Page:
[News] Trojan against Swiss, Japanese, Austrian, Swedish banks

In recent days, several clients Swiss banks may be potential victims of a Trojan horse. According to various sources, a group of hackers have launched a massive attack against e-banking accounts of 12 Swiss banks. The trojan is called “Retefe” and  this attack has been publicly published by TrendMicro.

Attack – Step 1 – Phishing + information gathering

The client opens a spam, which “releases” the virus (only if the client runs the attachment, often a rtf file). The malicious program disappears once the infection was successful. As soon as the client opens an e-banking session, it is redirected to a fake server (the one of the hackers), on which a copy of his bank Internet page (phishing attack) appears. The customer then enters their security credentials, which are now in hands of the hackers.

Attack – Step 2 – Software installation

After step 1, the hackers have the credentials of the client but often this is not enough. In many banks, the client must enter his client number and a password, then, if this couple is correct, he receives a SMS with a number to copy in a field of the web page. To have this code, the hackers invite the client to install an application on his mobile phone. This application is able to transfer the code present in the SMS to the hackers. After that, hackers have full control of the client e-banking.

Attack – 2 small modifications

When the user runs the attached file, the trojan is downloaded and installed to %ALLUSERSPROFILE%. Apparently it uses the name netupdater.exe. It modifies the following registry entry so that it runs each time the computer start:

  • in subley :  HKCU\SOFTWARE\Microsoft\Windows\CurrentVersion\Run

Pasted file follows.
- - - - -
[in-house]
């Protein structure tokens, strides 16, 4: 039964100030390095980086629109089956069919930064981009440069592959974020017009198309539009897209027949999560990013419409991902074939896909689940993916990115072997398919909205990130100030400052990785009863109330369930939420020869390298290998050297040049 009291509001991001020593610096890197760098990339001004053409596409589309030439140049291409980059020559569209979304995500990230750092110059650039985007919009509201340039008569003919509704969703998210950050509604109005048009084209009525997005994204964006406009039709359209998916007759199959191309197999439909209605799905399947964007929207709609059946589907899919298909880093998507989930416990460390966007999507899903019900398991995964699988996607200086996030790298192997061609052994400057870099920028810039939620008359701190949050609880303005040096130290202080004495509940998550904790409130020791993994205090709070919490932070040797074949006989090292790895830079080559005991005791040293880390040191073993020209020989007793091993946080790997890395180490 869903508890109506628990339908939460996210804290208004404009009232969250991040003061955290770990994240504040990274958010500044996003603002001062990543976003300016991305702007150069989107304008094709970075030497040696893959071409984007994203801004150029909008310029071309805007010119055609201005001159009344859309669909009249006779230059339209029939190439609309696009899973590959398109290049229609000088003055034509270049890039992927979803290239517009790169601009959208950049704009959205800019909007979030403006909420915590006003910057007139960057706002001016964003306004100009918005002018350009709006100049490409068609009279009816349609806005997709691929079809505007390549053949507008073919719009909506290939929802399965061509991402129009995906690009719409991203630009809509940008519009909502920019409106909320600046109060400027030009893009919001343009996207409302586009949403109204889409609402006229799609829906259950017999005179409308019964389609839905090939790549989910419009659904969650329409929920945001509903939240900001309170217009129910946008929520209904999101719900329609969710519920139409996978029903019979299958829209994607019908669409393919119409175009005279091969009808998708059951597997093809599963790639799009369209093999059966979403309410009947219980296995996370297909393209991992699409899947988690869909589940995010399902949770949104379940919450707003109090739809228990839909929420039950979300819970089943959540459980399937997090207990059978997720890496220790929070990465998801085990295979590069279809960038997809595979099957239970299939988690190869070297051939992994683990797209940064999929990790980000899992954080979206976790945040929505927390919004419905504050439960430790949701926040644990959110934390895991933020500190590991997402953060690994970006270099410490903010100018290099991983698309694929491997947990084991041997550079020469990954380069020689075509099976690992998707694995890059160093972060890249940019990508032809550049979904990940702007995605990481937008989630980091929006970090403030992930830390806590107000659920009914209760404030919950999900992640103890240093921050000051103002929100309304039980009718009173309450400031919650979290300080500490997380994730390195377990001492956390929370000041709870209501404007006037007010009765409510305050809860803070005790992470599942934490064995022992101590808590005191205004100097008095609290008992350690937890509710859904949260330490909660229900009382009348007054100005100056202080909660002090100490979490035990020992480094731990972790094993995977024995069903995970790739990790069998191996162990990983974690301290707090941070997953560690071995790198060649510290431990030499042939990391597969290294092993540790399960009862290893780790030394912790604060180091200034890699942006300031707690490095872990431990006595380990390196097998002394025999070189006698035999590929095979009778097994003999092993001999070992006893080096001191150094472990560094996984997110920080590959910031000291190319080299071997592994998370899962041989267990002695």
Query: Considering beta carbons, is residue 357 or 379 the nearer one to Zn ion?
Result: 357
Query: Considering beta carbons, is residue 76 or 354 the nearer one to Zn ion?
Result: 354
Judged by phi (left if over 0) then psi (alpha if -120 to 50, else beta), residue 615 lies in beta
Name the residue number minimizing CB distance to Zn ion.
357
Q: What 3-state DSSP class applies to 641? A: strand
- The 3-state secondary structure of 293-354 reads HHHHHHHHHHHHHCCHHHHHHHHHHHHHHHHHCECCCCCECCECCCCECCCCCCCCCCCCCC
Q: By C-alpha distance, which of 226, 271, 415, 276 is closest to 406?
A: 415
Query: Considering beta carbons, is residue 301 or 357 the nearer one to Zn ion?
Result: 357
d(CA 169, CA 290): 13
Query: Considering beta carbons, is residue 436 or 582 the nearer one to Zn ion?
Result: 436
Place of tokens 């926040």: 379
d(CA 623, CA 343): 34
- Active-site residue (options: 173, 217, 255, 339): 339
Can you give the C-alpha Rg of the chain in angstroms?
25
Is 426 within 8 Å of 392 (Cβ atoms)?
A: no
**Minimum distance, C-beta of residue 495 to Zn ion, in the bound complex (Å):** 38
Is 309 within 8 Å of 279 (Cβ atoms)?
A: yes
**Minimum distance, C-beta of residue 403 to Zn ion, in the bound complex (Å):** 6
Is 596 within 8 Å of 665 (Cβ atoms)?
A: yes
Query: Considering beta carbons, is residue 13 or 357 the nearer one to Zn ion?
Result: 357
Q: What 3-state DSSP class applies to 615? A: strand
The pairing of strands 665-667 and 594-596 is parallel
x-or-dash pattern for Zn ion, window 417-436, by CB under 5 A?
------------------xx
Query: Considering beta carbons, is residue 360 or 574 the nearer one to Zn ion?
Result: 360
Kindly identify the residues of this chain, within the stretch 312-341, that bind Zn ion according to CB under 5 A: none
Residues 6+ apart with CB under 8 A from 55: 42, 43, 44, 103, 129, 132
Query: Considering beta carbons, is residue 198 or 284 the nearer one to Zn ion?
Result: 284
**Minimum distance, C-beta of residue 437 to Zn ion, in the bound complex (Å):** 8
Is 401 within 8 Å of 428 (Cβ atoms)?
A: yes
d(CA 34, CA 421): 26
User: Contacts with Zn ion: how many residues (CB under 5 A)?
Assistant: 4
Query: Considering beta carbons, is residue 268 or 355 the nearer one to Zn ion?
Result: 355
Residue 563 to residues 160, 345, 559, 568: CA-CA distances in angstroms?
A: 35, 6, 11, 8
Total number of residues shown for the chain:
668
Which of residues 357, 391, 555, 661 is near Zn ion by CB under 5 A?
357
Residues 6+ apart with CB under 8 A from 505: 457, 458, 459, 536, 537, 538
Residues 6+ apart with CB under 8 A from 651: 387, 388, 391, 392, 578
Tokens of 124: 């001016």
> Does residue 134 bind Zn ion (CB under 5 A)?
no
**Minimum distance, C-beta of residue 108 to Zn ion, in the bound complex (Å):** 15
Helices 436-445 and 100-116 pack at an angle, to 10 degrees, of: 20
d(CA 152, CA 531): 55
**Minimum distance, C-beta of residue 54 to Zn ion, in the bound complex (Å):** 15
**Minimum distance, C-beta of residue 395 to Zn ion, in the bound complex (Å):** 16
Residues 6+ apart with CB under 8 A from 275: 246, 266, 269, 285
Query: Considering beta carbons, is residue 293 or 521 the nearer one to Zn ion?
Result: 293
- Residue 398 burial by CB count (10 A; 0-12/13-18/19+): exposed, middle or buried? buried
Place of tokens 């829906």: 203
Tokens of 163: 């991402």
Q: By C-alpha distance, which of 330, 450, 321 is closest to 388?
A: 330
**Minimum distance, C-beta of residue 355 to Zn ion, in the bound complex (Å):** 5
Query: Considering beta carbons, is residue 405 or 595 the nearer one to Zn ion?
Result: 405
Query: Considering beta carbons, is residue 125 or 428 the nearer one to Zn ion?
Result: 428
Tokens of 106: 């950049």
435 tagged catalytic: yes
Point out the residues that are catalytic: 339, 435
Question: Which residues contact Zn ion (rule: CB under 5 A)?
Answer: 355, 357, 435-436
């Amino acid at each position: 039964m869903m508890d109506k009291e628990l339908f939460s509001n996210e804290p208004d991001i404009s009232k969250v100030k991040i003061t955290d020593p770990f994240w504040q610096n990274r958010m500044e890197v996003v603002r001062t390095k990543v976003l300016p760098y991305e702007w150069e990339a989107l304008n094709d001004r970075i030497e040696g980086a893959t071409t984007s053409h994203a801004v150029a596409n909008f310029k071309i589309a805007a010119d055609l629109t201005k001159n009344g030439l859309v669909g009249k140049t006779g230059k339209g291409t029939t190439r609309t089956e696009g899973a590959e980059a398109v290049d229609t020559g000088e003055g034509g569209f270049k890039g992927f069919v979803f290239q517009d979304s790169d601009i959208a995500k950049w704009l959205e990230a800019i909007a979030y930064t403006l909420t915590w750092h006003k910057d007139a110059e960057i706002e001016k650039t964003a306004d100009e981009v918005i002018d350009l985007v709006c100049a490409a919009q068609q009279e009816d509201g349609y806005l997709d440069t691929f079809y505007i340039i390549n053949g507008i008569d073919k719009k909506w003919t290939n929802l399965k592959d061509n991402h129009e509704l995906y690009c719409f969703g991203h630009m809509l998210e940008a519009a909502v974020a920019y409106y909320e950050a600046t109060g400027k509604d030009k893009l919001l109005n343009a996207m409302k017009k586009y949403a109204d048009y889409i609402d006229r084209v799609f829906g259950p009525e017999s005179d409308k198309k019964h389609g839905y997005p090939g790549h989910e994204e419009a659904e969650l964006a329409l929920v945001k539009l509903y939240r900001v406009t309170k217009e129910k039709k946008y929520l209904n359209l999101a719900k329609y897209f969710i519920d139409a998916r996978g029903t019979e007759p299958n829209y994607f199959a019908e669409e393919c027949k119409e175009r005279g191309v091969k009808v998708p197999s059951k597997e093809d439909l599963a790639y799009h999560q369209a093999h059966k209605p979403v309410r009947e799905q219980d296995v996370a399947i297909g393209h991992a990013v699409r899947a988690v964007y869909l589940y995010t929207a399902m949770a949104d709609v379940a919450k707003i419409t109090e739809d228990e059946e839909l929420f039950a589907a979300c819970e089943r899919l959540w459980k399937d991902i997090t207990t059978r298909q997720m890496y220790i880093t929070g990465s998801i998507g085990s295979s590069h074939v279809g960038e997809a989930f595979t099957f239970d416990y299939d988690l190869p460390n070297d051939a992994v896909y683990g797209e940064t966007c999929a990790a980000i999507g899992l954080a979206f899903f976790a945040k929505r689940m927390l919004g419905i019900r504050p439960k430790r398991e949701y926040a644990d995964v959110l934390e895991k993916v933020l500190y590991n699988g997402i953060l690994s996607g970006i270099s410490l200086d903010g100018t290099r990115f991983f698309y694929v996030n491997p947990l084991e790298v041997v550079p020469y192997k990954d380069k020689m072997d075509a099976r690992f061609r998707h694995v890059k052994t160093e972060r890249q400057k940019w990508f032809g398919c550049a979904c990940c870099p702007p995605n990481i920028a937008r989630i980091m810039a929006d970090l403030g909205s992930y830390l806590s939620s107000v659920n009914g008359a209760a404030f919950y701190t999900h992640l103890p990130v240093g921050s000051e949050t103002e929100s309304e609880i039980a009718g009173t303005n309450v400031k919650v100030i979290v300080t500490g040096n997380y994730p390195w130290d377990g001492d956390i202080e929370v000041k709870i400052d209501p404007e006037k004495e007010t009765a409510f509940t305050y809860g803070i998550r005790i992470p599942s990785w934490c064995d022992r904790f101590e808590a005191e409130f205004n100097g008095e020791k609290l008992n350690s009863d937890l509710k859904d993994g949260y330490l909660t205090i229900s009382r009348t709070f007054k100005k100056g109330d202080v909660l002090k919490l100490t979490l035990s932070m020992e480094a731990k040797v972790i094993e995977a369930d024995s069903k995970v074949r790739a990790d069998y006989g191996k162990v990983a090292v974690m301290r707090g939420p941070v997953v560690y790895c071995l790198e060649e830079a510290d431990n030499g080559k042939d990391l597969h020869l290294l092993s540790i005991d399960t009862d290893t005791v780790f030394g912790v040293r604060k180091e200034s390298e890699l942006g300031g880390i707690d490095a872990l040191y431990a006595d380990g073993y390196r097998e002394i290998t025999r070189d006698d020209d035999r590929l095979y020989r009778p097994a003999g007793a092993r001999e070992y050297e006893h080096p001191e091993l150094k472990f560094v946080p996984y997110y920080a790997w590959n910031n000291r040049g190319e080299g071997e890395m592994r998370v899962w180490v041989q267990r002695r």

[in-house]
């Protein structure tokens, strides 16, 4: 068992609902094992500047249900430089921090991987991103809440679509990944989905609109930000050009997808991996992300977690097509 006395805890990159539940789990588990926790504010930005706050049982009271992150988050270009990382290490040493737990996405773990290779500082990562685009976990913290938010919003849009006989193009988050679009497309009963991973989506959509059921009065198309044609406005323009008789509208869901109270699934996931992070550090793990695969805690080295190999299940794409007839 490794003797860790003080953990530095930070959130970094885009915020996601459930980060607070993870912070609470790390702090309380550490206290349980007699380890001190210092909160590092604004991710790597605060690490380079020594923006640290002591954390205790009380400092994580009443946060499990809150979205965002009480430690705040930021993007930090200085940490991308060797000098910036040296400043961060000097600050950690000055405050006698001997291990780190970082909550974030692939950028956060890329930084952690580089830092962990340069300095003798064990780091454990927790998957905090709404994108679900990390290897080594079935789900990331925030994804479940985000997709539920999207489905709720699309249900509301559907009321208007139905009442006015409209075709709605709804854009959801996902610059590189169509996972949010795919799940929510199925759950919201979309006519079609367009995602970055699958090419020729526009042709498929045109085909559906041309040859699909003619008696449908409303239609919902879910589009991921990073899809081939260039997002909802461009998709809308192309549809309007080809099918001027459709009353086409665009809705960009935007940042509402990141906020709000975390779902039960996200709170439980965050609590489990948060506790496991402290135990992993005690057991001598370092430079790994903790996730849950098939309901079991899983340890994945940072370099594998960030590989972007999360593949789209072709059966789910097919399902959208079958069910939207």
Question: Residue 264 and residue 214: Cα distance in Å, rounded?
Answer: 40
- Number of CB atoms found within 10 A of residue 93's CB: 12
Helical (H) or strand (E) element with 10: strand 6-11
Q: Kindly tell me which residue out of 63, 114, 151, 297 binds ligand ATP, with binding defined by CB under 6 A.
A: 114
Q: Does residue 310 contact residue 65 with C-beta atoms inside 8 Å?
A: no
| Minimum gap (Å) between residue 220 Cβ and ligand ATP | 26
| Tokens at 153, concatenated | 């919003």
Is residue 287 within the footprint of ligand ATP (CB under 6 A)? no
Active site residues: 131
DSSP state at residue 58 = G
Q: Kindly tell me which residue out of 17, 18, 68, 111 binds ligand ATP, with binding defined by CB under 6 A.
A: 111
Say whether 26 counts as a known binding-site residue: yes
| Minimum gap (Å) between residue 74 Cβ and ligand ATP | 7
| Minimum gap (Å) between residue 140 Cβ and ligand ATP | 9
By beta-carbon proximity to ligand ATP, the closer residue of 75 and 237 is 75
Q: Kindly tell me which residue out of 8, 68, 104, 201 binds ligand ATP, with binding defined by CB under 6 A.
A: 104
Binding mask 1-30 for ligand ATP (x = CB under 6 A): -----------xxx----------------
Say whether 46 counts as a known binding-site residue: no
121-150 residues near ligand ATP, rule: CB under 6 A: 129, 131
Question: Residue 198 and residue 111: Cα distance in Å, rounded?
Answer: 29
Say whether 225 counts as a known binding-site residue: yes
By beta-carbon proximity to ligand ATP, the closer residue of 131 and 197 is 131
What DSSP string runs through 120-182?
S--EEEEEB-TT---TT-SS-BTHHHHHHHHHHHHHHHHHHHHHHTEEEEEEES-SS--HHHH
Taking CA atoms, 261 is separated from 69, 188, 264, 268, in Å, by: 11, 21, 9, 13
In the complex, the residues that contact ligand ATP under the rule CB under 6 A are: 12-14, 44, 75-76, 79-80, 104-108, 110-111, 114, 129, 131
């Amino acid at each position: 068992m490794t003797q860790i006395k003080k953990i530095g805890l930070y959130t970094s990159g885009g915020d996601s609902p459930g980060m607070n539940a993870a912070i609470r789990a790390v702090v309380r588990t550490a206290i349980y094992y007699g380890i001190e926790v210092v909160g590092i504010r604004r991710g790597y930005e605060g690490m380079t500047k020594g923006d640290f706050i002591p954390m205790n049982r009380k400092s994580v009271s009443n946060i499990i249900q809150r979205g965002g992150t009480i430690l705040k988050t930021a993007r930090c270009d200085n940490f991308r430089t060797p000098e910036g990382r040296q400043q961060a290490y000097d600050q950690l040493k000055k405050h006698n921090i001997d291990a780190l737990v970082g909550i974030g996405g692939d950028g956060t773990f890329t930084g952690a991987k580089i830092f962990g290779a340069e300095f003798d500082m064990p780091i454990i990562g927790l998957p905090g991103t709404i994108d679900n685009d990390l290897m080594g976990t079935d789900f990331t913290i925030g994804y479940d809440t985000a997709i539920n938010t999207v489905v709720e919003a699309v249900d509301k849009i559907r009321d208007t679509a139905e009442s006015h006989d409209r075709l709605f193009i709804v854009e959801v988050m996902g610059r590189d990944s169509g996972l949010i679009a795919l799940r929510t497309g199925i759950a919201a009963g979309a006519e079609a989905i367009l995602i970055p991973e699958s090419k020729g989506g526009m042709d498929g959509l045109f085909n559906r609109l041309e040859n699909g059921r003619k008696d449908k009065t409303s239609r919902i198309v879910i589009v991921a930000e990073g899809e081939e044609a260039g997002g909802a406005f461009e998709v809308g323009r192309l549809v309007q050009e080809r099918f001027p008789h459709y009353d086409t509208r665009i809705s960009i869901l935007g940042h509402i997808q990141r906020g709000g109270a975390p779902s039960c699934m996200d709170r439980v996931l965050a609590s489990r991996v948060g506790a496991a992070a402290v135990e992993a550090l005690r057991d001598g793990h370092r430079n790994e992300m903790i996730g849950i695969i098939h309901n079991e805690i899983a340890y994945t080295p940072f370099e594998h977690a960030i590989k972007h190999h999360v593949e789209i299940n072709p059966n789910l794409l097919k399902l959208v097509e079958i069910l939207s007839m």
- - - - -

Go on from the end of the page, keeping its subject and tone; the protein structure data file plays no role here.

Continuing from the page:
• Sets Value: “<Malware name>”
  • With data: %ALLUSERSPROFILE%.\<Malware Name>.exe”

To remain undetected it can show a message window suggesting an update needs to be installed when it needs to run as administrator. The malware can use a message in different languages, including German and English.

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After that, this trojan can steal sensitive information such as your online user names and passwords. It does this by installing a fake self-signed certificate in the browsers. After that, it changes the DNS server to an IP address of the hacker’s server.

Recommendations

In terms of e-banking, the following recommendations are, however, valid at all times.

  • Banks never ask their clients to provide credentials or install an application on a smartphone
  • Updated antivirus software should always be installed on the machine
  • It should enable the firewall (Firewall) and updated regularly
  • The operating system and the browser installed on the computer must be updated. It is the same for all installed programs, such as Microsoft Office, Adobe Reader etc
  • The greatest caution is facing e-mails from unknown sources: do not open the email or attachments, do not click on links in the message
  • It should not follow the requests of unknown source asking to install an application on the smartphone or a so-called “security certificate” Important for Android users:
    • Only install applications from the “Google Play Store” Official
    • Check that the “unknown sources” option is disabled in the security settings
    • Check the option “Check applications” is enabled in the security settings

Hackers DNS lists

  • 5.39.219.212
  • 193.169.244.73
  • 193.169.244.191
  • 93.171.202.99
  • 78.108.179.81

Conclusion

Customers can easily know if they are affected by this attack. If during a session the e-banking customer has been prompted to install an application on his phone, he is one of the victims of this attack. “In this caseit is necessary to inform his bank as soon as possible to stop any abusive transactions.

According to Microsoft, this trojan is also used in fake mails on behalf of Zalando. To have more information about this trojan, please consult these links:

pdf-logoDownload TrendMicro Report

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